The big splash is in Australia, but the capability is in the U.S. product, too.
It’s all about a Google Maps feature that lets people find homes for sale, with a typical ‘price range, bedrooms, area’ search tool.
There were already "mashups" with Craigslist available for some cities — Arlington, Manassass, Reston, Springfield, etc., in Virginia — that connected a listing with a dot on Google Maps, so you can see where various homes are.
But the new capability uses Google’s relatively quiet Base product, which allows anyone to add, well, any kind of information (e.g., a description of a house for sale) to Google’s vast storehouse of knowledge.
That information is then displayed in the appropriate Google site — a description of a car for sale would appear in Google Product Search; a home for sale would show up on Google Maps.
"Real Estate" is one of six official Base categories (along with Events, Jobs, Products, and Vehicles). That means that there are some specific data fields available to make it easier for users to find — square footage, bedrooms, etc.
(Click the following images to enlarge ’em.)
Enter a listing like so:
…and it appears on Google Maps (no, this isn’t the same listing, just an example):
Note the search capabilities on the left side. Anyone can do this right now, and many companies do, including CirclePix. VLSHomes.com, RealtyBargains.com, and others. You can find a place to live simply by going to Google Maps, entering a search term, and choosing "Real estate" from the menu:
Right now, the product is based on users (i.e., sellers) manually adding their information. But there’s nothing stopping Google from partnering with an MLS (or more than one), with NAR, or with a private company like Craigslist.
Craiglist decimated the classified ad market by providing a user-driven alternative to the only game in town (and I mean that literally — a newspaper can expect to see a 10% reduction in classifieds when it comes to a city). Would a powerhouse name like Google working with Craiglist be serious competition for MLSs? As a Realtor, how could you not use it?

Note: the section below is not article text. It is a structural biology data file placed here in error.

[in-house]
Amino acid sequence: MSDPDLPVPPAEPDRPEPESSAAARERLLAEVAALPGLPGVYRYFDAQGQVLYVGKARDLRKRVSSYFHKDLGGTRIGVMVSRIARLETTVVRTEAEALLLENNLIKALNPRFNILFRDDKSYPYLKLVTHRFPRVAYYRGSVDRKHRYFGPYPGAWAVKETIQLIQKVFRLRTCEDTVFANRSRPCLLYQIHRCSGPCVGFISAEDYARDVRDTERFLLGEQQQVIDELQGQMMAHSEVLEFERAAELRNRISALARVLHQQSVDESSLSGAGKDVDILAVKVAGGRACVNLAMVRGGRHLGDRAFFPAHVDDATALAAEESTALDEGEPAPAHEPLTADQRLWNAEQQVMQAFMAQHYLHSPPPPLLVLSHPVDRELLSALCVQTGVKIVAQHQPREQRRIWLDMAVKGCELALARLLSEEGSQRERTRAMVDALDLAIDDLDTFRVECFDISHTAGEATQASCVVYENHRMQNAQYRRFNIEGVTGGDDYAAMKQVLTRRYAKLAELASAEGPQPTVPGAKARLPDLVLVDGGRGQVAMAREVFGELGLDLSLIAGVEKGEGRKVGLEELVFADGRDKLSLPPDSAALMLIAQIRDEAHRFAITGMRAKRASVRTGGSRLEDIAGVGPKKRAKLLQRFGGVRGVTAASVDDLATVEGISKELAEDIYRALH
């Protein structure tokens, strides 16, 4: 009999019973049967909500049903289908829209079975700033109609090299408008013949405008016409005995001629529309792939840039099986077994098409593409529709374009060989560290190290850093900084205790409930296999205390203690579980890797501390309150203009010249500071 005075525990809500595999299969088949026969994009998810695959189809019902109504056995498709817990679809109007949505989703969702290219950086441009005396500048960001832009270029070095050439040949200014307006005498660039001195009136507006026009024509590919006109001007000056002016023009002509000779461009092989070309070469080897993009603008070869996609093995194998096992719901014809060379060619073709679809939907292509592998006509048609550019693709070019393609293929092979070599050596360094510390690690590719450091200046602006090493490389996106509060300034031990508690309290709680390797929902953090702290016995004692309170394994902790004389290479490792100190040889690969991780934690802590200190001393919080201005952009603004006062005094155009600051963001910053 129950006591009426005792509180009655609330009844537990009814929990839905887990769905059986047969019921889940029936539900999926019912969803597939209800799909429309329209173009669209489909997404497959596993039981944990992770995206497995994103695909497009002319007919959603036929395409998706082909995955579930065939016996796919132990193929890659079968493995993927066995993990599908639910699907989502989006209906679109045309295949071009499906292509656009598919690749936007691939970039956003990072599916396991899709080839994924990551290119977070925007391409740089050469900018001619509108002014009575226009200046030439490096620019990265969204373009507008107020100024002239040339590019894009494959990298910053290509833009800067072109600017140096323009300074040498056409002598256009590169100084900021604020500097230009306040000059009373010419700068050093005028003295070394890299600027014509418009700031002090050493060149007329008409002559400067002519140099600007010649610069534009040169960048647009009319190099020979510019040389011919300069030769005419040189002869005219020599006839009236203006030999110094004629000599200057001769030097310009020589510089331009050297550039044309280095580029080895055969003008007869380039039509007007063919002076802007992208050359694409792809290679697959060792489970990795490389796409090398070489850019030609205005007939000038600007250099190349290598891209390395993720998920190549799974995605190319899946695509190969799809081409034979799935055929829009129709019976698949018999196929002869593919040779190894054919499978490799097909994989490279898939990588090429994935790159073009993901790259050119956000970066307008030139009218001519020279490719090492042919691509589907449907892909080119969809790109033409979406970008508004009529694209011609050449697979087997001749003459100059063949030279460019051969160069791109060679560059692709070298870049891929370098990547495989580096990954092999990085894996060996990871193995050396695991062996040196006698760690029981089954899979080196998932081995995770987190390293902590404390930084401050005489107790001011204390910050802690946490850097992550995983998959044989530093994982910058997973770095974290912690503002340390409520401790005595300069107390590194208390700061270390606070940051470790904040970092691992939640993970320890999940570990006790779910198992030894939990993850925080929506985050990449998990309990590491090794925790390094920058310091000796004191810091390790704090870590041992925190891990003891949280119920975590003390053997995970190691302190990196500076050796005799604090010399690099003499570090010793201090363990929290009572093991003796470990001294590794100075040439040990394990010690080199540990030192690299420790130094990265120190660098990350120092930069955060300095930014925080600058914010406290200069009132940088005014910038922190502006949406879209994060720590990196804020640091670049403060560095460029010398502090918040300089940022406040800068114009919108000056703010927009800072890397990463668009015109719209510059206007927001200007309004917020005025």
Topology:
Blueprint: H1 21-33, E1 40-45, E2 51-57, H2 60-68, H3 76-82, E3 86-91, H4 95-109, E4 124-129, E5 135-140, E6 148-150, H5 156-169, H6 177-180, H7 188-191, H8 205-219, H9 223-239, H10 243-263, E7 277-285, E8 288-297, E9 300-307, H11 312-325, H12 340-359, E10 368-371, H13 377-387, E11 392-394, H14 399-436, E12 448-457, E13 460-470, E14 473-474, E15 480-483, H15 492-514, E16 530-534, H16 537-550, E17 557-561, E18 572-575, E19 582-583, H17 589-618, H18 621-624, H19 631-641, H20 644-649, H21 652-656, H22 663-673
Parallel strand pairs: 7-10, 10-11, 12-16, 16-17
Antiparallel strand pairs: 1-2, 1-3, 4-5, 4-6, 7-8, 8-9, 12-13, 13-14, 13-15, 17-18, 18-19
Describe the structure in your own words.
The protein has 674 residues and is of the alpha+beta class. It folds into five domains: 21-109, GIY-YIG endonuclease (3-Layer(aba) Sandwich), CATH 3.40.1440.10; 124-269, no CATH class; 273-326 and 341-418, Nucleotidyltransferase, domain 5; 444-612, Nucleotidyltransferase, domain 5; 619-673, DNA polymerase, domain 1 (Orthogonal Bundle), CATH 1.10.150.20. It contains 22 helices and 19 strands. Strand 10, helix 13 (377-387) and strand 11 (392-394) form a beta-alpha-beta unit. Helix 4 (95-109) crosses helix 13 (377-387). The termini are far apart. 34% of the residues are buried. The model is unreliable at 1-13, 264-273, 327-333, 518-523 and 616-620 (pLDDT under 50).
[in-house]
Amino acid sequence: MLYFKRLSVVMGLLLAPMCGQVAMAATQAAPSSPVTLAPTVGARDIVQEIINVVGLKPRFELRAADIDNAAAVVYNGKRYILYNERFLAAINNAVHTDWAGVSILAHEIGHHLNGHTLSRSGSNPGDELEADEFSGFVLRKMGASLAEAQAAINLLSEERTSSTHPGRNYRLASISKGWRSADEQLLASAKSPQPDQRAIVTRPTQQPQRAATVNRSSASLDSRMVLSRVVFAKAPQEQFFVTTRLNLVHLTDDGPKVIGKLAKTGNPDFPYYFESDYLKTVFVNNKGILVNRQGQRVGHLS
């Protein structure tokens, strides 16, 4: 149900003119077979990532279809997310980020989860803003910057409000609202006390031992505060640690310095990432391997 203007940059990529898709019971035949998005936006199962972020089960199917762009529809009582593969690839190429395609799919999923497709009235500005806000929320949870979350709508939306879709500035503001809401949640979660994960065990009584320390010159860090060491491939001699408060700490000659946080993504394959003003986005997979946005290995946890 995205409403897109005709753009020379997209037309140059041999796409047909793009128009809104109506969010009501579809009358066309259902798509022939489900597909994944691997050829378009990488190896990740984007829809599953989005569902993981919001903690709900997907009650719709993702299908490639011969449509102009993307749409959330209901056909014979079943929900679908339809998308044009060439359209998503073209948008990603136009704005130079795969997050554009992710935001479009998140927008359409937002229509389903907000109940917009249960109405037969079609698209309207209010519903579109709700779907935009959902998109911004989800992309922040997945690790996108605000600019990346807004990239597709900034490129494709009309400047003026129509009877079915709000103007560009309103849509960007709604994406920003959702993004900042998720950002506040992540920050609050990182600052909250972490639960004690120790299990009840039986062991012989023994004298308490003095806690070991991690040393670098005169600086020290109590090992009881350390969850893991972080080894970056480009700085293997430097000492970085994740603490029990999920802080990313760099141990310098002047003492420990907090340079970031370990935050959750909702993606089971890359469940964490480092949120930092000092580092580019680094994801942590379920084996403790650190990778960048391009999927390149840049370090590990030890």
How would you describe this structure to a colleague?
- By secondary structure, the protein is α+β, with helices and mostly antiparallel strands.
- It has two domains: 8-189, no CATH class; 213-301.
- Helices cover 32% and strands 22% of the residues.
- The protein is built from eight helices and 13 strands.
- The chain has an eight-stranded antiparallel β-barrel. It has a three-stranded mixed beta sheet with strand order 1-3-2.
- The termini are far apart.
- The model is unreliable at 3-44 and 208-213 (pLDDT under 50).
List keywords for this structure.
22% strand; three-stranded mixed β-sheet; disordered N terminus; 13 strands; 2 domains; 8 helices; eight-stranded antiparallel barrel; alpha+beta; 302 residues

And then there’s another option for Google: Compete with Craigslist and MLSs for real estate listings. After all, it’s not an either-or proposition for sellers and their agents; you’d want to put your clients’ properties in as many (reasonable) places as possible, and what could be more reasonable than Google?
Google brings some slick capabilities to the table, notably its mapping and search. Find a home visually by looking at the neighborhoods you like, and avoid the whole ZIP Code and distance thing — really annoying when you don’t know an area, I can tell you. Or add a keyword or two that you hope to find in a listing (e.g., "fenced yard").
Some notable stats: According to Hitwise, out of more than 160 sites that users used to find real estate, Google Maps was #19 (the big guns being Realtor.com, Zillow, and Yahoo Real Estate).
That’s Google Maps. Plain ol’ Google "accounted for 24%, or nearly one in four visits to Real Estate Web sites in June," says Hitwise.
And get this: The number of people coming to real estate sites via Google Maps in June rose 68% over last year. And the number coming from regular Google search was up 18%.
In other words, Google is a playa, and becoming a bigga playa. And the new and convenient real estate search may be the tip of the iceberg. The question is, of course, which current service — Realtor.com, MLSs, Craigslist — is the Titanic.